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Islamic State Takes Control Of Ancient City Of Palmyra

Smoke rises after a Syrian Rocket launcher shell on Islamic State positions in the ancient oasis city of Palmyra, about 215 kilometers northeast of Damascus on Tuesday. News reports say the Islamic State has taken control of the city. i

Smoke rises after a Syrian Rocket launcher shell on Islamic State positions in the ancient oasis city of Palmyra, about 215 kilometers northeast of Damascus on Tuesday. News reports say the Islamic State has taken control of the city. EPA /Landov hide caption

toggle caption EPA /Landov
Smoke rises after a Syrian Rocket launcher shell on Islamic State positions in the ancient oasis city of Palmyra, about 215 kilometers northeast of Damascus on Tuesday. News reports say the Islamic State has taken control of the city.

Smoke rises after a Syrian Rocket launcher shell on Islamic State positions in the ancient oasis city of Palmyra, about 215 kilometers northeast of Damascus on Tuesday. News reports say the Islamic State has taken control of the city.

EPA /Landov

The self-declared Islamic State has taken control of Palmyra, an ancient city that's on UNESCO's list of World Heritage sites.

Palmyra and Tadmur, the modern town that adjoins it, have been the scene of recent fighting between Syrian government troops and fighters from the Islamic State. Multiple news reports say government troops left the city ahead of an advance by the rebels.

Last week, UNESCO appealed to Syria's warring factions to "make every effort to prevent" Palmyra's destruction. On Wednesday, the organization's head called for a cessation of hostilities.

"I am deeply concerned by the situation at the site of Palmyra," Director-General Irina Bokova said. "The fighting is putting at risk one of the most significant sites in the Middle East, and its civilian population."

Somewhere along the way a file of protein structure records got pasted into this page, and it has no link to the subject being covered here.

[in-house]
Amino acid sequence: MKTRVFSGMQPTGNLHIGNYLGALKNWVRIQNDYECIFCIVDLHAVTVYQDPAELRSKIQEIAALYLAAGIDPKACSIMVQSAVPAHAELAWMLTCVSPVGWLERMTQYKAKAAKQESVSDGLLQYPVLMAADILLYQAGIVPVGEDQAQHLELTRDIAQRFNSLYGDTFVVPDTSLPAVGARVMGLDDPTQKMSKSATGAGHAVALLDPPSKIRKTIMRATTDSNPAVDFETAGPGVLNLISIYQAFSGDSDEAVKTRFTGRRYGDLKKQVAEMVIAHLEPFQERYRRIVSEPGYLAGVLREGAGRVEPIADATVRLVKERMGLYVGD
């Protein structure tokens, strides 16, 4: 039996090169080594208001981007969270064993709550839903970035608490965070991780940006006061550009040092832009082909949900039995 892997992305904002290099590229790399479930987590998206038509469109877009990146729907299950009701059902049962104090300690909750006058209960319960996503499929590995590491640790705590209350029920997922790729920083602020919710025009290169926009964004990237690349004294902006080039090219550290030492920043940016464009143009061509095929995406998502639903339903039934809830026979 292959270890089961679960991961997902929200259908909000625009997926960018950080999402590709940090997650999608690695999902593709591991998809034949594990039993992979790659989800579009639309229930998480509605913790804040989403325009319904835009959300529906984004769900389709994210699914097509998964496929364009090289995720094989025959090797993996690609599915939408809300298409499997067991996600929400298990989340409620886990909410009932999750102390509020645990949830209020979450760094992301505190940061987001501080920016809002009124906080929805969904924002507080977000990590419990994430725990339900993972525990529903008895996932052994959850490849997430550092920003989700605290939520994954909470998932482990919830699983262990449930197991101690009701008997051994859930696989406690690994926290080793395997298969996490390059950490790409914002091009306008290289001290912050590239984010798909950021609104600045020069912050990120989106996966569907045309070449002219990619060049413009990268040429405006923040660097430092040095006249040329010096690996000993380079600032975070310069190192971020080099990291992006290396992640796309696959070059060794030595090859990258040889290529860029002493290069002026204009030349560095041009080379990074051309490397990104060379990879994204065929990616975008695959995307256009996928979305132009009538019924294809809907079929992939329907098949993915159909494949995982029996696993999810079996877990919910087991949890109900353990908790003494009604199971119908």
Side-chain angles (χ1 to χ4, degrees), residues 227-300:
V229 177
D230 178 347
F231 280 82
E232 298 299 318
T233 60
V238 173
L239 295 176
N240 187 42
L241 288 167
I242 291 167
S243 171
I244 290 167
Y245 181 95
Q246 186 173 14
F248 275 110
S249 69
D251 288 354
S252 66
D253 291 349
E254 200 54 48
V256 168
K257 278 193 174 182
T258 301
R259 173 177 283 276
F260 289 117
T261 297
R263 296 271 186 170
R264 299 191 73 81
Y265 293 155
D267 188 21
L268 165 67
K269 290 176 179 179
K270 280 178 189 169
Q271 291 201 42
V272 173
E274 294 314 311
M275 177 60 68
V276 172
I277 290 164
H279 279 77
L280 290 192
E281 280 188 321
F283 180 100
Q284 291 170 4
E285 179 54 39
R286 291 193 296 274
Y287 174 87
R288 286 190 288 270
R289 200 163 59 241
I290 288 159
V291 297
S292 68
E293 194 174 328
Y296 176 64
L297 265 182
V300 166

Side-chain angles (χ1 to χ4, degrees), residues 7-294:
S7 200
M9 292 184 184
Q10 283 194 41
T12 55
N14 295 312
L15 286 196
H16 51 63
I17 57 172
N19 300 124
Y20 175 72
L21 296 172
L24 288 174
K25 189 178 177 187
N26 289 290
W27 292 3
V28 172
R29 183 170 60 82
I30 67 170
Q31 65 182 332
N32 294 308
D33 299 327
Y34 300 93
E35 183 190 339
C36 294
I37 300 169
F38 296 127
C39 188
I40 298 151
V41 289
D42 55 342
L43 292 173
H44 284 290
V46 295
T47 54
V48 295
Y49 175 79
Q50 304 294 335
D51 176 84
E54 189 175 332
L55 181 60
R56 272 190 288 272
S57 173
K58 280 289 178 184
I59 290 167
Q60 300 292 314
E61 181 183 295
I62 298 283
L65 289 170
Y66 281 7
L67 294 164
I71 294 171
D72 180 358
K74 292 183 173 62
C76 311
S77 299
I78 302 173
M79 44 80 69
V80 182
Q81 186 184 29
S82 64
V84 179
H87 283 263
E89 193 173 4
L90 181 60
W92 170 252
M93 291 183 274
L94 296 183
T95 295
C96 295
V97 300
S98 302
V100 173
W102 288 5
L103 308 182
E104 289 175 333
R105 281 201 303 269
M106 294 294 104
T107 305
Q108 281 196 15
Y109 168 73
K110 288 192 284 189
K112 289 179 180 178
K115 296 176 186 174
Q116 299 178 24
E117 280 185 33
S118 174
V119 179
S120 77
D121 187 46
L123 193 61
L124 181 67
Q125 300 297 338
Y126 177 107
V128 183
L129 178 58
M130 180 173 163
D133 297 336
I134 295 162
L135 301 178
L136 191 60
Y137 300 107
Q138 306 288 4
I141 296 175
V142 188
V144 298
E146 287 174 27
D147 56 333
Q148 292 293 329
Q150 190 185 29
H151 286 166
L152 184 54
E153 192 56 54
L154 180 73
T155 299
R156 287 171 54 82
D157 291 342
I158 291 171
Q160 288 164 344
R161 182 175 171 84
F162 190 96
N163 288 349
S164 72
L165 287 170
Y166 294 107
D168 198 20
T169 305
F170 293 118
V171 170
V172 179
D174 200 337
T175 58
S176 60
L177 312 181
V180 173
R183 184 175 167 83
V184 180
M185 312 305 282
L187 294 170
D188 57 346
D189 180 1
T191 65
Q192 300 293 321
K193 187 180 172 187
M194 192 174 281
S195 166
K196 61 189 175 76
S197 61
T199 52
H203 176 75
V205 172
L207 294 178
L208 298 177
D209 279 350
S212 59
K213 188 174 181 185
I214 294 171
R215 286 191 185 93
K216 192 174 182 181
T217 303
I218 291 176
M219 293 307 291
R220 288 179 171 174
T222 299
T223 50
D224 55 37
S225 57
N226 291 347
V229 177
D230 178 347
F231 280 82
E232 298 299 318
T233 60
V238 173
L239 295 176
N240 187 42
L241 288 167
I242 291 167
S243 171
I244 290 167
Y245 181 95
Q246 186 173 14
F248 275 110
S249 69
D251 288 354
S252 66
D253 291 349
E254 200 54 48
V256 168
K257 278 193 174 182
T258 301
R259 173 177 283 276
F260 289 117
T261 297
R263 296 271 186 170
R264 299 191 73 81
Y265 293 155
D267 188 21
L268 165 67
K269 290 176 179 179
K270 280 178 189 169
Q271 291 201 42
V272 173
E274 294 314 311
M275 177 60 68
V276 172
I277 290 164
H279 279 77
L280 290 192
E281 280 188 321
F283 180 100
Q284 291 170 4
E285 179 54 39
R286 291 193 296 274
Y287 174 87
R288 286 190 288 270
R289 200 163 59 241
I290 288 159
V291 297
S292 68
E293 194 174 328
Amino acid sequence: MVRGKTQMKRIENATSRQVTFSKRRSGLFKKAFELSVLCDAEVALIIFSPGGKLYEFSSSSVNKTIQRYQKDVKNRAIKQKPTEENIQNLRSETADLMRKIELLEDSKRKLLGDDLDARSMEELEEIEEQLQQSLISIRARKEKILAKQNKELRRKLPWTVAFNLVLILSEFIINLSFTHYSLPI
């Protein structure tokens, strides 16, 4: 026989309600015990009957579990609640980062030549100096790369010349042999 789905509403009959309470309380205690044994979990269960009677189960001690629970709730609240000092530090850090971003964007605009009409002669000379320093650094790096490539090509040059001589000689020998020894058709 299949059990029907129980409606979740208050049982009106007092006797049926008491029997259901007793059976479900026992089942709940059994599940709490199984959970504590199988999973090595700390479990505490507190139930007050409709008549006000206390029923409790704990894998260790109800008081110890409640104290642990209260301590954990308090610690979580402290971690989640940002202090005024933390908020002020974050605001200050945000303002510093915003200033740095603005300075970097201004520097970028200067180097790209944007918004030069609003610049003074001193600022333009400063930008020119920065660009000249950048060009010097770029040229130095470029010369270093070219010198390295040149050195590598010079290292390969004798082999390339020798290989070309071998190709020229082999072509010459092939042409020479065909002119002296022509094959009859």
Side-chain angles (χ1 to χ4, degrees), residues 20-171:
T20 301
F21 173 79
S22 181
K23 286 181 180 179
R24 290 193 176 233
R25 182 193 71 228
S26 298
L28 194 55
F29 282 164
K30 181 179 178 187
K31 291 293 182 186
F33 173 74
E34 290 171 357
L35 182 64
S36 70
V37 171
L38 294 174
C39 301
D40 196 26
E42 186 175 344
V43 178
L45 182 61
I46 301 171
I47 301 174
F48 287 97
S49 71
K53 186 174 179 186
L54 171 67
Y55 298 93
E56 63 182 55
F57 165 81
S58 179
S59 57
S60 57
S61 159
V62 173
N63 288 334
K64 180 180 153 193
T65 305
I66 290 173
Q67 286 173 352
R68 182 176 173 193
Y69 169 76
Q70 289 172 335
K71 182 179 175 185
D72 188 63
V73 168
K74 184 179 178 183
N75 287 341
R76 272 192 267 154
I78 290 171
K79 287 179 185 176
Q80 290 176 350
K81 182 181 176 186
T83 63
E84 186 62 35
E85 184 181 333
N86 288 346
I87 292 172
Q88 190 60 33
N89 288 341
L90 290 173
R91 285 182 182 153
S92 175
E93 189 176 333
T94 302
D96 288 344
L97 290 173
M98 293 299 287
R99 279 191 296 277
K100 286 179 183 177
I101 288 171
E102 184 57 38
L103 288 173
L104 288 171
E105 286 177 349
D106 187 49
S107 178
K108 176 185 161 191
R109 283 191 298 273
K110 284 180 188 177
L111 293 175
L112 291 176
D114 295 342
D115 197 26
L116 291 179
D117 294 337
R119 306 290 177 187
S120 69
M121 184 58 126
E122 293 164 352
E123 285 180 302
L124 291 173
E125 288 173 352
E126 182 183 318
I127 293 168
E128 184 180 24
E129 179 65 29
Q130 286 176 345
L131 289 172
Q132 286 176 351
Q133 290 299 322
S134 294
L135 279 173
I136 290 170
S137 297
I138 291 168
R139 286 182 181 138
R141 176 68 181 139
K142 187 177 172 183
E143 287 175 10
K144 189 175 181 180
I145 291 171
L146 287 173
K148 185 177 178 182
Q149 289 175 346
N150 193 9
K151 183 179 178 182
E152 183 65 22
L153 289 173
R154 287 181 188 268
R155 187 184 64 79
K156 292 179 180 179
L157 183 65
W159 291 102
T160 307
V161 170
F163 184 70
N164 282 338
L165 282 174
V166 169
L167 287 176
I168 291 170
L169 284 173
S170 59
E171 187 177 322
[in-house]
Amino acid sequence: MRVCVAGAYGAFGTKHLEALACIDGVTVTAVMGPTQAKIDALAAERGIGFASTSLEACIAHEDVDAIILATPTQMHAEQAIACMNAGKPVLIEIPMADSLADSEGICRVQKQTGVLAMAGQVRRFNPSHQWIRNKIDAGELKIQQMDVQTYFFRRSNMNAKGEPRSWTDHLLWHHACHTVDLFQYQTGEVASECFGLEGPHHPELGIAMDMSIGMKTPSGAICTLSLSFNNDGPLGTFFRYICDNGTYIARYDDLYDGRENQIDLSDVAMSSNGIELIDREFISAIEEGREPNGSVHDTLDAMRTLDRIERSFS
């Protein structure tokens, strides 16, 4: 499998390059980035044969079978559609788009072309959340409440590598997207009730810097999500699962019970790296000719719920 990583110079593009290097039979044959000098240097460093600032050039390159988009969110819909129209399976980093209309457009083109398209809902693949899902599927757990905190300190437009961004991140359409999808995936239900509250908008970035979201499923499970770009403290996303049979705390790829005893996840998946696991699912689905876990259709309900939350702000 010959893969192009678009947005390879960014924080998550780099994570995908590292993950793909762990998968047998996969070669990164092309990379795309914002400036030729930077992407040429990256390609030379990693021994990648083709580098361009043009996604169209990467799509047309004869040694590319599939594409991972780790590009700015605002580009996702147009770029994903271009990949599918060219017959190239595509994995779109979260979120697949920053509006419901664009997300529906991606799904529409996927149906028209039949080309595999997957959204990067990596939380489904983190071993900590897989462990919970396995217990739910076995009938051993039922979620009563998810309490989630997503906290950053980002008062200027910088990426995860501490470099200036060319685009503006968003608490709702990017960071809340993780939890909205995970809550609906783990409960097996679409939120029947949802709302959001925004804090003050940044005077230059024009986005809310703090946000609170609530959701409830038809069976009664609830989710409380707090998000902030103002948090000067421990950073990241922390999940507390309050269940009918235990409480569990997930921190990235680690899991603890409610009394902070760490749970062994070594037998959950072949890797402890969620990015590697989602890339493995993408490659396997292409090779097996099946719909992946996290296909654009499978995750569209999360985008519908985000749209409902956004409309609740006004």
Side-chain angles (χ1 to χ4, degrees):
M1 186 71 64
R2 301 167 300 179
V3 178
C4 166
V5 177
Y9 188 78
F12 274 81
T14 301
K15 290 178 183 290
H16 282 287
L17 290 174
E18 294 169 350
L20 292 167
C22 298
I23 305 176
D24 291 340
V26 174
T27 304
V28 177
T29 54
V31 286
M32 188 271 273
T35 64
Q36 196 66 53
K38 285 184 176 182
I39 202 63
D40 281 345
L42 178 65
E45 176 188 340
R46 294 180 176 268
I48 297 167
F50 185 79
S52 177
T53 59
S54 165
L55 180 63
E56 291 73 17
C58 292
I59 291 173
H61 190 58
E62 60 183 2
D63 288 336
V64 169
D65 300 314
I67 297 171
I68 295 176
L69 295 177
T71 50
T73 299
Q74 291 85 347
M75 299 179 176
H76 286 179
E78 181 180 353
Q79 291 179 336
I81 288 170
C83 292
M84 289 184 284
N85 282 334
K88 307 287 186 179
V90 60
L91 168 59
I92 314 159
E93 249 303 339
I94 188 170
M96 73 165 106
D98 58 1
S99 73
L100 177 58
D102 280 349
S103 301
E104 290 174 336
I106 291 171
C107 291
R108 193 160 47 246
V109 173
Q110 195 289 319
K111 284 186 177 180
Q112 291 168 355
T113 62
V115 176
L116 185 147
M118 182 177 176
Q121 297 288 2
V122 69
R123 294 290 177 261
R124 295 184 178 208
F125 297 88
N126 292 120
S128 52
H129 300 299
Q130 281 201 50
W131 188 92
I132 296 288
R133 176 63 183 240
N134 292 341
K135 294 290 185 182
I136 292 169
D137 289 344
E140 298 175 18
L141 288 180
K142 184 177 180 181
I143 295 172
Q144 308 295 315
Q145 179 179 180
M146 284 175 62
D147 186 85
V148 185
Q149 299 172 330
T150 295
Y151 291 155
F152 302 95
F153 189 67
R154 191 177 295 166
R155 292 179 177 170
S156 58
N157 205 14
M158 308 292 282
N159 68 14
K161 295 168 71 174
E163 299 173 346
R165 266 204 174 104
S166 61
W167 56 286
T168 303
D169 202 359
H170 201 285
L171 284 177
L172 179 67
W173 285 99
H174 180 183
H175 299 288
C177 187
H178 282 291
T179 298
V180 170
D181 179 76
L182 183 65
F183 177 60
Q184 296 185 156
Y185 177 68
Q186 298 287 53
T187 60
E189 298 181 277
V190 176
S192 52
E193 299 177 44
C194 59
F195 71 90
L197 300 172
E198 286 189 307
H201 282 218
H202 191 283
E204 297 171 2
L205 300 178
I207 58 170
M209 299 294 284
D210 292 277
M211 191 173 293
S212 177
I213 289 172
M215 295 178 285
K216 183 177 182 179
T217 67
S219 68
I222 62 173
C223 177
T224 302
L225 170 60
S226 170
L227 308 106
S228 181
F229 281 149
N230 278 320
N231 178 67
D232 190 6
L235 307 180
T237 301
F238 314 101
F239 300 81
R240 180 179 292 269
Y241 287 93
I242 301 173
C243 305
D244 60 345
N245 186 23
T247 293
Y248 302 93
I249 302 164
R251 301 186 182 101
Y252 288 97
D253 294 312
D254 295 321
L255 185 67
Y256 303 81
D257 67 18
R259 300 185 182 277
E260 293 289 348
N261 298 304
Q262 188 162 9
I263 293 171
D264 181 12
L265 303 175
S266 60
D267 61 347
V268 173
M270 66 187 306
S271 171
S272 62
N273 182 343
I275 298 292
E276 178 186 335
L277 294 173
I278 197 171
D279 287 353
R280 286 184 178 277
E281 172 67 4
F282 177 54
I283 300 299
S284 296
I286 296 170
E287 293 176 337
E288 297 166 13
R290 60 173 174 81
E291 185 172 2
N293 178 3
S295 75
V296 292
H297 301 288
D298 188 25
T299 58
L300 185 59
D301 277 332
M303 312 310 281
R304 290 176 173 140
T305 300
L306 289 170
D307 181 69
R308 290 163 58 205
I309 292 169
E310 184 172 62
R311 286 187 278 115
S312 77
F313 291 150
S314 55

Here's how UNESCO describes Palmyra:

"An oasis in the Syrian desert, north-east of Damascus, Palmyra contains the monumental ruins of a great city that was one of the most important cultural centers of the ancient world. From the 1st to the 2nd century, the art and architecture of Palmyra, standing at the crossroads of several civilizations, married Graeco-Roman techniques with local traditions and Persian influences."

The Islamic State has destroyed other pre-Islamic treasures in areas it controls, and it is feared it might do the same in Palmyra.

Control of Palmyra is more than just symbolic. The New York Times notes:

"But for the fighters on the ground, the city of 50,000 people is significant because it sits among gas fields and astride a network of roads across the country's central desert. Palmyra's vast unexcavated antiquities could also provide significant revenue through illegal trafficking.

"Control of Palmyra gives the Islamic State command of roads leading from its strongholds in eastern Syria to Damascus and the other major cities of the populated west, as well as new links to western Iraq, the other half of its self-declared caliphate."

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